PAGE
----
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cpaulfell

Photographer Shoots Formula 1 With 104-Year-Old Camera

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I wonder if he has thought about mounting a modern lens on the camera? 

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6 hours ago, mikenorton said:

I wonder if he has thought about mounting a modern lens on the camera? 

i found 2 of this at junkyard. If so, how  suppose to carry around, it's so big and heavy wooden frames. The lenses was mounted by common screw to its flanges.  

F1000025s.jpg

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On May 19, 2017 at 11:58 PM, Alexlky said:

i found 2 of this at junkyard. If so, how  suppose to carry around, it's so big and heavy wooden frames. The lenses was mounted by common screw to its flanges.  

F1000025s.jpg

Do you have some better pictures of this camera? Maybe one that shows the complete camera? 

The lens looks like it is mounted by screws to a Lens Board which is held in place by the 2 flat brass plates above and below the lens. Each lens would be attached to its own lens board.

Is this an 8x10 or 11x14 inch camera? If it is an 8x10 or 11x14 inch camera it is too big to be carry around unless you are Arnold Schwarzenegger. The one I used every day back in the late 70s & early 80s sat on a wheeled table that rolled up and down a track in the studio. For comparison the fellow photographing the F1 cars had a 4x5 inch camera.

I've never seen the shutter in front of the lens!

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Mike, I carried around this Monster for a Long time . Cost me 72$ for each shot as I did Platinum Prints. But the detail was astounding. I sold it in 2007. Made a Lot Of money On it. Was A Canham. 11 x 24. wanna see the camera in question, search margaret Burke White. I have every Book On her. She was My Hero. and the shot I took Of you In that restaurant In Monument Valley was inspired By her. And the early 30's Migrant workers in California. Someday, Im gonna shoot you again. Classic face man. google Her and you will see the camera used for the shots mentioned.

CAT 8373 CD303 FARM WORKER.jpg

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26 minutes ago, mikenorton said:

Do you have some better pictures of this camera? Maybe one that shows the complete camera? 

The lens looks like it is mounted by screws to a Lens Board which is held in place by the 2 flat brass plates above and below the lens. Each lens would be attached to its own lens board.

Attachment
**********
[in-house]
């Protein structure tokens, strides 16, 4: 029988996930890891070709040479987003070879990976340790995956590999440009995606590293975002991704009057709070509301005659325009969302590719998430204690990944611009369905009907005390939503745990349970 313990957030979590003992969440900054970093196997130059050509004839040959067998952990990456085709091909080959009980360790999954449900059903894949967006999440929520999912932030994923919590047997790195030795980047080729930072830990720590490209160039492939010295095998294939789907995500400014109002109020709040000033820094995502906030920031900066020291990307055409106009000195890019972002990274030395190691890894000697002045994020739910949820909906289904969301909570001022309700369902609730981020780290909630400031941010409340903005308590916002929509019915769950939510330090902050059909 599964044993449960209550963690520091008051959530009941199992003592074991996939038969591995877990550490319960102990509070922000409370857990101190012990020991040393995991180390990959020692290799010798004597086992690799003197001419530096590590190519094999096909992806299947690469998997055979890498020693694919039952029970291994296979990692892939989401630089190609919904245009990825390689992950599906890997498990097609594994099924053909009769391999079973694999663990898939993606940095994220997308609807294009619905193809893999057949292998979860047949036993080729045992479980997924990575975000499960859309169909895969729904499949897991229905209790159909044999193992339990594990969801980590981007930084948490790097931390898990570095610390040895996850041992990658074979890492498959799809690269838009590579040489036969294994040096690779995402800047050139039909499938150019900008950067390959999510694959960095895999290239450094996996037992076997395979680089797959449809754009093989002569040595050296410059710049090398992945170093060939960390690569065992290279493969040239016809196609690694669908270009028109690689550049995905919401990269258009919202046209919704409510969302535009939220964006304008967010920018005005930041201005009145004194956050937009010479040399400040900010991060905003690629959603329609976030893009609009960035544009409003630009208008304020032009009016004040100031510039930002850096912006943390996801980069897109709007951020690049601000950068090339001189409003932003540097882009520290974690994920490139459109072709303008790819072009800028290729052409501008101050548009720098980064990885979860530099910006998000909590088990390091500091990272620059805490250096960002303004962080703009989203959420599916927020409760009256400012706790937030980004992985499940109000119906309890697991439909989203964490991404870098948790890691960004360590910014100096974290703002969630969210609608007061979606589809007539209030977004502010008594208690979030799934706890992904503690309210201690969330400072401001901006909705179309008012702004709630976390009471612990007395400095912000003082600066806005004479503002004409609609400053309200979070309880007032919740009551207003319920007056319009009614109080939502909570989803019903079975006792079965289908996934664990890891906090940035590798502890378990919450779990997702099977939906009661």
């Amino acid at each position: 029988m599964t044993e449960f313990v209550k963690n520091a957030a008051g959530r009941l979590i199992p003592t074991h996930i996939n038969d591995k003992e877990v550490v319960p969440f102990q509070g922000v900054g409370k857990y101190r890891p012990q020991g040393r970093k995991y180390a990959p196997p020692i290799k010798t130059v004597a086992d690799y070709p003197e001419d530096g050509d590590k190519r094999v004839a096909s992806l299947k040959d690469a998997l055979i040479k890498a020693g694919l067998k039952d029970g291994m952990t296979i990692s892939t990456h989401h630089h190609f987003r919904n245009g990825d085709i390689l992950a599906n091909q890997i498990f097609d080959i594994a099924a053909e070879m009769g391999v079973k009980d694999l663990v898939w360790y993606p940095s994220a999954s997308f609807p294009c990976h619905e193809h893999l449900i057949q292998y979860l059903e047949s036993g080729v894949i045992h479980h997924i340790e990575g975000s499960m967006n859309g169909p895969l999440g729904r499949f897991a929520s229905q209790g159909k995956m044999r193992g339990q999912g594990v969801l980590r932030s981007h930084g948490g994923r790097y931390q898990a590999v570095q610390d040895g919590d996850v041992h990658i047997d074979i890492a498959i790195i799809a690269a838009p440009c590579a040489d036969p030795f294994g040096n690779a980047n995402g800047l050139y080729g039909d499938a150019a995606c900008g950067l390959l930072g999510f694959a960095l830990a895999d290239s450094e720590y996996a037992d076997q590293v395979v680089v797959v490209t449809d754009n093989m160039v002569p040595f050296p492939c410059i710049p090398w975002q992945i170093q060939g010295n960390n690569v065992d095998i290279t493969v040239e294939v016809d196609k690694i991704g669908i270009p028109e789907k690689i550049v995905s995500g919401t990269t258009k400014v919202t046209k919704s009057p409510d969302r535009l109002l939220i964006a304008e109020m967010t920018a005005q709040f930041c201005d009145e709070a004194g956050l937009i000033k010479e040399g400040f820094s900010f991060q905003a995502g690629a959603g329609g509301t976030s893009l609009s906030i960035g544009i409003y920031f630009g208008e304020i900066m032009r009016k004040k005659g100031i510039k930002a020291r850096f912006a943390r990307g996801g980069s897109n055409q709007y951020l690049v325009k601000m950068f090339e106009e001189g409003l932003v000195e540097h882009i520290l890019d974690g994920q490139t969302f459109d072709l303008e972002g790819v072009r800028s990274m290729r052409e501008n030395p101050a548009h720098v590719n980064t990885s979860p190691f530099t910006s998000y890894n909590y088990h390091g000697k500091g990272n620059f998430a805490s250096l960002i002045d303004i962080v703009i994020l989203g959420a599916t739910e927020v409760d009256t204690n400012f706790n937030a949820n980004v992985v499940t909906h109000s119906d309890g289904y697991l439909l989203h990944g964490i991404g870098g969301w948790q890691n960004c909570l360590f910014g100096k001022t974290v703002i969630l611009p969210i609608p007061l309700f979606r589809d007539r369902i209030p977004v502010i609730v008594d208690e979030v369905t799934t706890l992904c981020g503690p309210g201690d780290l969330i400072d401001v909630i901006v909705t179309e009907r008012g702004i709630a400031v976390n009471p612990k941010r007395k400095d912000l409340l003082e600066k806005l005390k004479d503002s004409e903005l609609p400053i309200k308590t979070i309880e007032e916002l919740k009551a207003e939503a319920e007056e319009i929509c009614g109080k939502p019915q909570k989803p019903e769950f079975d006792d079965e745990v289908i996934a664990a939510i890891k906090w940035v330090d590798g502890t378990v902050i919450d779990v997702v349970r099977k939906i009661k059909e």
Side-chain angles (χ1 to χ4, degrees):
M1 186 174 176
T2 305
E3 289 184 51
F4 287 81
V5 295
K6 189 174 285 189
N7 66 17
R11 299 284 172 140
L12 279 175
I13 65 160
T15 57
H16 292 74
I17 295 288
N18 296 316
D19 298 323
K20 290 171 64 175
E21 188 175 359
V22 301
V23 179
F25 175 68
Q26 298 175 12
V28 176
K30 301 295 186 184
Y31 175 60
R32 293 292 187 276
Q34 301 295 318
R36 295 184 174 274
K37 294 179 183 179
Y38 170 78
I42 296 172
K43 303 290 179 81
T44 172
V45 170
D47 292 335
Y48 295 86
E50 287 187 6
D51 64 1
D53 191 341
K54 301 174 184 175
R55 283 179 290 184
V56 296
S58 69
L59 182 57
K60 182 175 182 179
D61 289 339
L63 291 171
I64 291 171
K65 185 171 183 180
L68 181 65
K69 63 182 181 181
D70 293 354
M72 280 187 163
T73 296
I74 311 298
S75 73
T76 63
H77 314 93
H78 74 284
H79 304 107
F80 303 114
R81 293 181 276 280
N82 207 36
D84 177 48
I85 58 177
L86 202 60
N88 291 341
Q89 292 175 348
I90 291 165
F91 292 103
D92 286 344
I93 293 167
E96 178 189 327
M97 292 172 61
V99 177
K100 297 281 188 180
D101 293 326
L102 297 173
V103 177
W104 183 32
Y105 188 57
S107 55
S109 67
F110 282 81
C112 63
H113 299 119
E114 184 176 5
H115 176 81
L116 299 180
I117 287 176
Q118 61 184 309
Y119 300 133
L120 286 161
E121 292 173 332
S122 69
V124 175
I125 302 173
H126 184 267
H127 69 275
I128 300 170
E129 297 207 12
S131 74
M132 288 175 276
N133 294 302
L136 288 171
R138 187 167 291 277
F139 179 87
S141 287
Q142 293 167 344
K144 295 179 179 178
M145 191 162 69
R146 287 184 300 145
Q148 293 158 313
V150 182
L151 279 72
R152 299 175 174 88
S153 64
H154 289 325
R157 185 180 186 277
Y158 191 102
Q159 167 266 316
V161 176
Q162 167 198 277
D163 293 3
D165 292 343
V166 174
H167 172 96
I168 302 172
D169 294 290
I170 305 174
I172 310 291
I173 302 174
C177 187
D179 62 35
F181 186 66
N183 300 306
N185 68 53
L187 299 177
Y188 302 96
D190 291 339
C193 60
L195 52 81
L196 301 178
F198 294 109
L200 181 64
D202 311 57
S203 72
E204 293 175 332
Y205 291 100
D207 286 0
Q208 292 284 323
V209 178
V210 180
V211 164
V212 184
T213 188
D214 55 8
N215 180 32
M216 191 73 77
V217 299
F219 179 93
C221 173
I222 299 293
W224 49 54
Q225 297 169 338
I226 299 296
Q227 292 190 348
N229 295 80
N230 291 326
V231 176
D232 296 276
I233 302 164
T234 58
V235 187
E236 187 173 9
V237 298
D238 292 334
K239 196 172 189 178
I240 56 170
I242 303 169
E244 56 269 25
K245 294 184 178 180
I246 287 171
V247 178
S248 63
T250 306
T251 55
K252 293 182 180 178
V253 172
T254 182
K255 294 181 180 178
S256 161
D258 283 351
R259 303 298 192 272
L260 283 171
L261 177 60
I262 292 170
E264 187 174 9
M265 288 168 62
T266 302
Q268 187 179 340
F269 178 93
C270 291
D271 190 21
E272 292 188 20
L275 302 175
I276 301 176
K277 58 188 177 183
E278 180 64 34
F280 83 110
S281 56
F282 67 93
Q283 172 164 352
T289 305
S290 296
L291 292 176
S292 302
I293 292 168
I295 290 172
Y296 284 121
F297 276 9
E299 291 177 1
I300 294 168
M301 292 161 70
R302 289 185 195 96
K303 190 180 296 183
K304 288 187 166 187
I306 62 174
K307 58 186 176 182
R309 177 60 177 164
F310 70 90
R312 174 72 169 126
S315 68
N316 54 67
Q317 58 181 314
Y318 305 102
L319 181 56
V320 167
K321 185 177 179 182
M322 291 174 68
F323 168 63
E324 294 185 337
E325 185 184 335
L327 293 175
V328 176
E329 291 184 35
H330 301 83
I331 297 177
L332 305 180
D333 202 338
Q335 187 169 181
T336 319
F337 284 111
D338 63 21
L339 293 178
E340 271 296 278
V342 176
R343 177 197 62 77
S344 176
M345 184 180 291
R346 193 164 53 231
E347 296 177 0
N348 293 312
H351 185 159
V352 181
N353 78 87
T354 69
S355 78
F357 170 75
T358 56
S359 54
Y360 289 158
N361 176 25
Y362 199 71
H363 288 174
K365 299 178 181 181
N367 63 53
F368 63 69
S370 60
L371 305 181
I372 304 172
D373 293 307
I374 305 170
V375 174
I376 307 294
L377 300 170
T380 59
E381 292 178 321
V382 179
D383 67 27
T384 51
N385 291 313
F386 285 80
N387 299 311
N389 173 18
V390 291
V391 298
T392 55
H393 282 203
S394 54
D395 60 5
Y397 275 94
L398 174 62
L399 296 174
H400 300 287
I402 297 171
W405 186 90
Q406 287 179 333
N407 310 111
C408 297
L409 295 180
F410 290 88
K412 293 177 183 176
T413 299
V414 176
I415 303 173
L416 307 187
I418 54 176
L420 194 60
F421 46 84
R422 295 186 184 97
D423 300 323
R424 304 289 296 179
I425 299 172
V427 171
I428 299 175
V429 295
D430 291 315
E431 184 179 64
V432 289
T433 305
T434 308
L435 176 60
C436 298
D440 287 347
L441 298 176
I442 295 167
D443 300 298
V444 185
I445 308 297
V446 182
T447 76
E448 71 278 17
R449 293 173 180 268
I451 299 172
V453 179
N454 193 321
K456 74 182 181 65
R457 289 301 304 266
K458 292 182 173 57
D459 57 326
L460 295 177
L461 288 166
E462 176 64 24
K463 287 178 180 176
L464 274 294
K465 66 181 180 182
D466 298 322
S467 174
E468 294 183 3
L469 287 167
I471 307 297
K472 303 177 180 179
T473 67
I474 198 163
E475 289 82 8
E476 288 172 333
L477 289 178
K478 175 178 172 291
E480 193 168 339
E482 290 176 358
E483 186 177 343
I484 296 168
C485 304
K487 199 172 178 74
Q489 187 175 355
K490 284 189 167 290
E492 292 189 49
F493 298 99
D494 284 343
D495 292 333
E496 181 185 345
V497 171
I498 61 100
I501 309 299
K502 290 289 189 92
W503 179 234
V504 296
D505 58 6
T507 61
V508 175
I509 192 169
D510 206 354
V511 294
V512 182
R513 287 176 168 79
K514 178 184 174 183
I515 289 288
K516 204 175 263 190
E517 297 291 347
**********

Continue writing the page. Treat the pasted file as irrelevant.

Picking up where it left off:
Is this an 8x10 or 11x14 inch camera? If it is an 8x10 or 11x14 inch camera it is too big to be carry around unless you are Arnold Schwarzenegger. The one I used every day back in the late 70s & early 80s sat on a wheeled table that rolled up and down a track in the studio. For comparison the fellow photographing the F1 cars had a 4x5 inch camera.

I've never seen the shutter in front of the lens!

I am so sorry, Mike. I only took 2 shots of this angle with expired 135/C41 on F3hp body. The print shop digital scanning resolution widest by 1800px, if you want i can send to you.

Yeah, brass material on all the metal parts even 4 screws attaching the lens. It is big, maybe bigger than Arnold could handle. Laurin said 11 x 24, what kind of film for this size, huh! 4x5 quite common.  

I though it is an Aperture in front of the lens, could never imagine it is shutter release. 

 

Laurin, now i know who did the famous picture of Mahatma Gandhi. Really great works of her. Thanks for sharing. 

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The largest film size Ive shot with is 6 x 7cm medium format. The detail in those Fuji Velvia transparencies looked pretty impressive under a loupe on a light box.

I once bought an old, wooden view camera from a camera market for about 60 bucks. No lens and the ground glass was partly cracked. I can't recall what format it used but it was larger than 4 x 5. I was planning to get a reducing back for it and shoot 4 x 5. There were some wooden sections that were missing (needed work.) Ive no idea what happened to that camera because it mysteriously disappeared. Strange for something so big to go missing. 

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10 hours ago, Patrick Cooper said:

The largest film size Ive shot with is 6 x 7cm medium format. The detail in those Fuji Velvia transparencies looked pretty impressive under a loupe on a light box.

I once bought an old, wooden view camera from a camera market for about 60 bucks. No lens and the ground glass was partly cracked. I can't recall what format it used but it was larger than 4 x 5. I was planning to get a reducing back for it and shoot 4 x 5. There were some wooden sections that were missing (needed work.) Ive no idea what happened to that camera because it mysteriously disappeared. Strange for something so big to go missing.